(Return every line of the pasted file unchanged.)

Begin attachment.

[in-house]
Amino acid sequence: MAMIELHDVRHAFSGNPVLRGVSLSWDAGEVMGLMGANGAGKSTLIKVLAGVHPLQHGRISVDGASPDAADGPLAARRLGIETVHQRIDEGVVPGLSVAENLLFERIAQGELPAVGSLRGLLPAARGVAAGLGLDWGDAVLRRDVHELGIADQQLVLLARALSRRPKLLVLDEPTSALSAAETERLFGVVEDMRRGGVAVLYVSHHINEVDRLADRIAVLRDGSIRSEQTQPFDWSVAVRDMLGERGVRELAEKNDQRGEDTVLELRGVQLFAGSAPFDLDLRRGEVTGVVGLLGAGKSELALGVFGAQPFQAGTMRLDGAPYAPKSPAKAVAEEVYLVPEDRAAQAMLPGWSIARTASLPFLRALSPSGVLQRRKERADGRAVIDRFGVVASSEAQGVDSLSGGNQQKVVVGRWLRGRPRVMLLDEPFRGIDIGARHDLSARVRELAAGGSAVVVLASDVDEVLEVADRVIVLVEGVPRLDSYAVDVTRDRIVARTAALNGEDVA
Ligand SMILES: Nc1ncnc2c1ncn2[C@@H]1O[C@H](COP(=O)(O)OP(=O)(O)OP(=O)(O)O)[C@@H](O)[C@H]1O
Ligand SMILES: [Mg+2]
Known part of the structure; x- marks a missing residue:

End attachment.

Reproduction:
[in-house]
Amino acid sequence: MAMIELHDVRHAFSGNPVLRGVSLSWDAGEVMGLMGANGAGKSTLIKVLAGVHPLQHGRISVDGASPDAADGPLAARRLGIETVHQRIDEGVVPGLSVAENLLFERIAQGELPAVGSLRGLLPAARGVAAGLGLDWGDAVLRRDVHELGIADQQLVLLARALSRRPKLLVLDEPTSALSAAETERLFGVVEDMRRGGVAVLYVSHHINEVDRLADRIAVLRDGSIRSEQTQPFDWSVAVRDMLGERGVRELAEKNDQRGEDTVLELRGVQLFAGSAPFDLDLRRGEVTGVVGLLGAGKSELALGVFGAQPFQAGTMRLDGAPYAPKSPAKAVAEEVYLVPEDRAAQAMLPGWSIARTASLPFLRALSPSGVLQRRKERADGRAVIDRFGVVASSEAQGVDSLSGGNQQKVVVGRWLRGRPRVMLLDEPFRGIDIGARHDLSARVRELAAGGSAVVVLASDVDEVLEVADRVIVLVEGVPRLDSYAVDVTRDRIVARTAALNGEDVA
Ligand SMILES: Nc1ncnc2c1ncn2[C@@H]1O[C@H](COP(=O)(O)OP(=O)(O)OP(=O)(O)O)[C@@H](O)[C@H]1O
Ligand SMILES: [Mg+2]
Known part of the structure; x- marks a missing residue: